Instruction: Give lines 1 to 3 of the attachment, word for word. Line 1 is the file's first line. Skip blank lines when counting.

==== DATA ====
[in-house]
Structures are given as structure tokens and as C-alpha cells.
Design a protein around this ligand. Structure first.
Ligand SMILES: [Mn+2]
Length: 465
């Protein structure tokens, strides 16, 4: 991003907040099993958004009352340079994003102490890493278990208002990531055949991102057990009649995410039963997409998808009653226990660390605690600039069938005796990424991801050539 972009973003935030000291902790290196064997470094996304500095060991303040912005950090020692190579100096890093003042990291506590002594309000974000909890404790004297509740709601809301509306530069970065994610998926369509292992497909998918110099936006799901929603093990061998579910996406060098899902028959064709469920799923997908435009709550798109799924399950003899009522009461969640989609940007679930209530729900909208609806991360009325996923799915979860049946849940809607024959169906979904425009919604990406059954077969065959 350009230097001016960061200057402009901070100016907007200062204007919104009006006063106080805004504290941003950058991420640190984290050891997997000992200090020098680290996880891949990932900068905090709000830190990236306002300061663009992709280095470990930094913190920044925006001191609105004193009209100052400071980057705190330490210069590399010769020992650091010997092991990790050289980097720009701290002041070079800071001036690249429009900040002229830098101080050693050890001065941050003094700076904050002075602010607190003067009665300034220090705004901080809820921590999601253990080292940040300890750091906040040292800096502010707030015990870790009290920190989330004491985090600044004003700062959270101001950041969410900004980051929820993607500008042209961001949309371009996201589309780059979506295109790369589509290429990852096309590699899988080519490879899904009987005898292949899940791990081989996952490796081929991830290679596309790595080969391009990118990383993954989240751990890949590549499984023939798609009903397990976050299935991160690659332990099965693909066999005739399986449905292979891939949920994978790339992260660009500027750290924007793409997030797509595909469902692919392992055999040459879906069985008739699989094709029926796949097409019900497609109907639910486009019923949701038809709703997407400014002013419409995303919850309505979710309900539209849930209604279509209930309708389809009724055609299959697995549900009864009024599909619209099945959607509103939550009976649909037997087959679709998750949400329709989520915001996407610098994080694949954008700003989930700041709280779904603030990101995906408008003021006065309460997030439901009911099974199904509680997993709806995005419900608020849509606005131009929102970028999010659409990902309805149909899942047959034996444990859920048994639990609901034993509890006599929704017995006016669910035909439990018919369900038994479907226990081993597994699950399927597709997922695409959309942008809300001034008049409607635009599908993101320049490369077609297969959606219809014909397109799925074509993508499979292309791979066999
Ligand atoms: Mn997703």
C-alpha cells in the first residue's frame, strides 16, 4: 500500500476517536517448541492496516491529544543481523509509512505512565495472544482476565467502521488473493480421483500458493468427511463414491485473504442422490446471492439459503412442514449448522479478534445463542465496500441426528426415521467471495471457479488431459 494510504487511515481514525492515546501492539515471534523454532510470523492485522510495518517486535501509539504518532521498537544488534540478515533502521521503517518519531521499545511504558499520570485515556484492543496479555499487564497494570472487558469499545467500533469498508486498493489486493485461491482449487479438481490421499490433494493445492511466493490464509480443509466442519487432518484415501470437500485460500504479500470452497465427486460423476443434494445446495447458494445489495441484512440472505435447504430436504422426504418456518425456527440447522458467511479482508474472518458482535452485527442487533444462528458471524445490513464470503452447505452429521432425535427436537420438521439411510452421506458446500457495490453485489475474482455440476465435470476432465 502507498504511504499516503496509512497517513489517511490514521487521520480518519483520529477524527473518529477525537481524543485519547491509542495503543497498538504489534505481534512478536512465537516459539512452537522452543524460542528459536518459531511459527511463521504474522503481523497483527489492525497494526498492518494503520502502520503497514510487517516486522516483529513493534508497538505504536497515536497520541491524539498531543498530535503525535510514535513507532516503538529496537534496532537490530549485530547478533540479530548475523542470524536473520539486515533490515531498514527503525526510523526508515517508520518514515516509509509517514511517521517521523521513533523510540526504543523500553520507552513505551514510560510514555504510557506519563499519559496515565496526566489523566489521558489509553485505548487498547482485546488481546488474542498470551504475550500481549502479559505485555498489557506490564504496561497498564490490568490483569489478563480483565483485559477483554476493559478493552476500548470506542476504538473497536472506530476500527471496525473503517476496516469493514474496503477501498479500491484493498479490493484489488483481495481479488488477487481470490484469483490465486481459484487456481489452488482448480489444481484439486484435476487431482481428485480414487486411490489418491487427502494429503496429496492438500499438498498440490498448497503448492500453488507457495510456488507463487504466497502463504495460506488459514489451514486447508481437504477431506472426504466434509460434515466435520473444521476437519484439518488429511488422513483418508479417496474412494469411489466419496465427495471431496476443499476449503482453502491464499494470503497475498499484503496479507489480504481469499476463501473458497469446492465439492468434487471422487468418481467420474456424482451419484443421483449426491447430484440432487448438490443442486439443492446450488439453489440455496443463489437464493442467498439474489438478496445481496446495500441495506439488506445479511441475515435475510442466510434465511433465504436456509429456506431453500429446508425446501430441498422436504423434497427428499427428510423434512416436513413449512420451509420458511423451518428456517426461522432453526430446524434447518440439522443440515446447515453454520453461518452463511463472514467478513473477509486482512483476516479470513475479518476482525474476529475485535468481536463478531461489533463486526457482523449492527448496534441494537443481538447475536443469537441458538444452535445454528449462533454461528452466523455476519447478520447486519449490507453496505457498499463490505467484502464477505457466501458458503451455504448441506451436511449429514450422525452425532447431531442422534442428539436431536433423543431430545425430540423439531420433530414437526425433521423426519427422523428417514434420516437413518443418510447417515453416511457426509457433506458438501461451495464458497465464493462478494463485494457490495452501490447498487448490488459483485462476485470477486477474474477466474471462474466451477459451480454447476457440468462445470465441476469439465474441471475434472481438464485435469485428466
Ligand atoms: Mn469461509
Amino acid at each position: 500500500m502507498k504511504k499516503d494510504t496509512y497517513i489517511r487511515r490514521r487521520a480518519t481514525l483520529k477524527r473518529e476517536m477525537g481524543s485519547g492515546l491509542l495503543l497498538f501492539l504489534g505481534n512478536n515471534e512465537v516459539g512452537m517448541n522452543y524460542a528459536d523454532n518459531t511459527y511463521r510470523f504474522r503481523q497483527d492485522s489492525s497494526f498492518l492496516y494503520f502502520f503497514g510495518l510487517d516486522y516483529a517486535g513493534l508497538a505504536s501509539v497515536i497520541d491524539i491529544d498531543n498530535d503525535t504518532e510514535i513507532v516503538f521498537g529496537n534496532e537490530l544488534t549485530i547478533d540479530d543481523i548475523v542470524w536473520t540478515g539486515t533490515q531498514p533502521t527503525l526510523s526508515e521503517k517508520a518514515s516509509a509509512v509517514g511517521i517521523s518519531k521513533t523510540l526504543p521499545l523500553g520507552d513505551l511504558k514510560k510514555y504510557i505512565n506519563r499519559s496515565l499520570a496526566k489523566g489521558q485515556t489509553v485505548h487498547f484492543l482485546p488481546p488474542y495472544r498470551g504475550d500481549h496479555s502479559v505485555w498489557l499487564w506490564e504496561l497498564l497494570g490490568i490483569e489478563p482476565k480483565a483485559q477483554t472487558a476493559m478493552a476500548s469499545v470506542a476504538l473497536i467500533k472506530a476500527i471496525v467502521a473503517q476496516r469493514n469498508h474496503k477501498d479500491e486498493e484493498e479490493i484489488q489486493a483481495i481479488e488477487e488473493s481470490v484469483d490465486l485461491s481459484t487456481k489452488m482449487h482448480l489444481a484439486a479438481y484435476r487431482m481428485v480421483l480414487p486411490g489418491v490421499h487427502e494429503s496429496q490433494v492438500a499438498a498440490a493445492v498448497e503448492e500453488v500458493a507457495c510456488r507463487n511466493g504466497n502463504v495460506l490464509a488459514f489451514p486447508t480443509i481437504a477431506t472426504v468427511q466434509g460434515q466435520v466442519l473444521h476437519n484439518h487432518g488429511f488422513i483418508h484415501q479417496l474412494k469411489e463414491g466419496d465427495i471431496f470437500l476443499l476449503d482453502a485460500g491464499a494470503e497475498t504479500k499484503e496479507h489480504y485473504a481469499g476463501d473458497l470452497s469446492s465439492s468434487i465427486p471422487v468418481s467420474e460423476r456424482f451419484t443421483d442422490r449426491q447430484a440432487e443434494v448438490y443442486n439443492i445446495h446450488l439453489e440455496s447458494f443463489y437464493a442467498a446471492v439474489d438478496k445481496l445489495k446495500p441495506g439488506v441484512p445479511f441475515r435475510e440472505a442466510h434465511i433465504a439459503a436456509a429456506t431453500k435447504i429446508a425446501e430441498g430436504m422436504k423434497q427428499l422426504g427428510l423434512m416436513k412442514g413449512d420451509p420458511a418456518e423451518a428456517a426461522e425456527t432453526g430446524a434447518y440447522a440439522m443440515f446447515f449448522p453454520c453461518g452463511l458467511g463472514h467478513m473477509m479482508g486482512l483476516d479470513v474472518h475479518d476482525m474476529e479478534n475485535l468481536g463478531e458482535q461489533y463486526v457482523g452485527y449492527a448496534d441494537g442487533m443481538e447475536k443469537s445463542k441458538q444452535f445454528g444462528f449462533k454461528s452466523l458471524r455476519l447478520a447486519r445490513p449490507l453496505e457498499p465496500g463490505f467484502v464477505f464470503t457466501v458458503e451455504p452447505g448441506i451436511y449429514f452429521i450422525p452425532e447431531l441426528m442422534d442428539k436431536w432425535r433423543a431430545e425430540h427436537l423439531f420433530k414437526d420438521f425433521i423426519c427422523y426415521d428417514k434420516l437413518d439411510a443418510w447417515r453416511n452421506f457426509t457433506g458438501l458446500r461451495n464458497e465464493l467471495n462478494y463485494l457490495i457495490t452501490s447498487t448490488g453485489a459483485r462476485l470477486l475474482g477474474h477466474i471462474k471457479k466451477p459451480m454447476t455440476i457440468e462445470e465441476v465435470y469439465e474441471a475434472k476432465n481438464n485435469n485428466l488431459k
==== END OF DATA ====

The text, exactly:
[in-house]
Structures are given as structure tokens and as C-alpha cells.
Design a protein around this ligand. Structure first.